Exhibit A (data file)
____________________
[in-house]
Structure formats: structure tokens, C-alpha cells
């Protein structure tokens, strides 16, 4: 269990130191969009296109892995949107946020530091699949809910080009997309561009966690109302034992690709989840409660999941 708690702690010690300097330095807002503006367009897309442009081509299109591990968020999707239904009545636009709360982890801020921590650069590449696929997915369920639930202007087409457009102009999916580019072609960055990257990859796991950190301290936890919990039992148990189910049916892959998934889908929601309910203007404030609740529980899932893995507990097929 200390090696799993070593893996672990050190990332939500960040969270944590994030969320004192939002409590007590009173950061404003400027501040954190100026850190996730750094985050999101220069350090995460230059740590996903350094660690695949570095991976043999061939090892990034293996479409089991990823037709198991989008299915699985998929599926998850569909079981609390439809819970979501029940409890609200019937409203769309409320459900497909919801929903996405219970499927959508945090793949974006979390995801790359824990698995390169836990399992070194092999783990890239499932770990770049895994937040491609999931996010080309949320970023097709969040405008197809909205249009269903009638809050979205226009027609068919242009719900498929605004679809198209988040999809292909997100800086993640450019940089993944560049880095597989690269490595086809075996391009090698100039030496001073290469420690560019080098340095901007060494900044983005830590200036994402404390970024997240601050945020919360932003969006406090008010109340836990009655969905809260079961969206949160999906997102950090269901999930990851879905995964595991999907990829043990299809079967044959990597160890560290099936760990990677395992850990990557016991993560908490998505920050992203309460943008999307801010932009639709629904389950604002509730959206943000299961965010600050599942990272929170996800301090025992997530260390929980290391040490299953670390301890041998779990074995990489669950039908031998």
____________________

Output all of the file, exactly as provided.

[in-house]
Structure formats: structure tokens, C-alpha cells
């Protein structure tokens, strides 16, 4: 269990130191969009296109892995949107946020530091699949809910080009997309561009966690109302034992690709989840409660999941 708690702690010690300097330095807002503006367009897309442009081509299109591990968020999707239904009545636009709360982890801020921590650069590449696929997915369920639930202007087409457009102009999916580019072609960055990257990859796991950190301290936890919990039992148990189910049916892959998934889908929601309910203007404030609740529980899932893995507990097929 200390090696799993070593893996672990050190990332939500960040969270944590994030969320004192939002409590007590009173950061404003400027501040954190100026850190996730750094985050999101220069350090995460230059740590996903350094660690695949570095991976043999061939090892990034293996479409089991990823037709198991989008299915699985998929599926998850569909079981609390439809819970979501029940409890609200019937409203769309409320459900497909919801929903996405219970499927959508945090793949974006979390995801790359824990698995390169836990399992070194092999783990890239499932770990770049895994937040491609999931996010080309949320970023097709969040405008197809909205249009269903009638809050979205226009027609068919242009719900498929605004679809198209988040999809292909997100800086993640450019940089993944560049880095597989690269490595086809075996391009090698100039030496001073290469420690560019080098340095901007060494900044983005830590200036994402404390970024997240601050945020919360932003969006406090008010109340836990009655969905809260079961969206949160999906997102950090269901999930990851879905995964595991999907990829043990299809079967044959990597160890560290099936760990990677395992850990990557016991993560908490998505920050992203309460943008999307801010932009639709629904389950604002509730959206943000299961965010600050599942990272929170996800301090025992997530260390929980290391040490299953670390301890041998779990074995990489669950039908031998």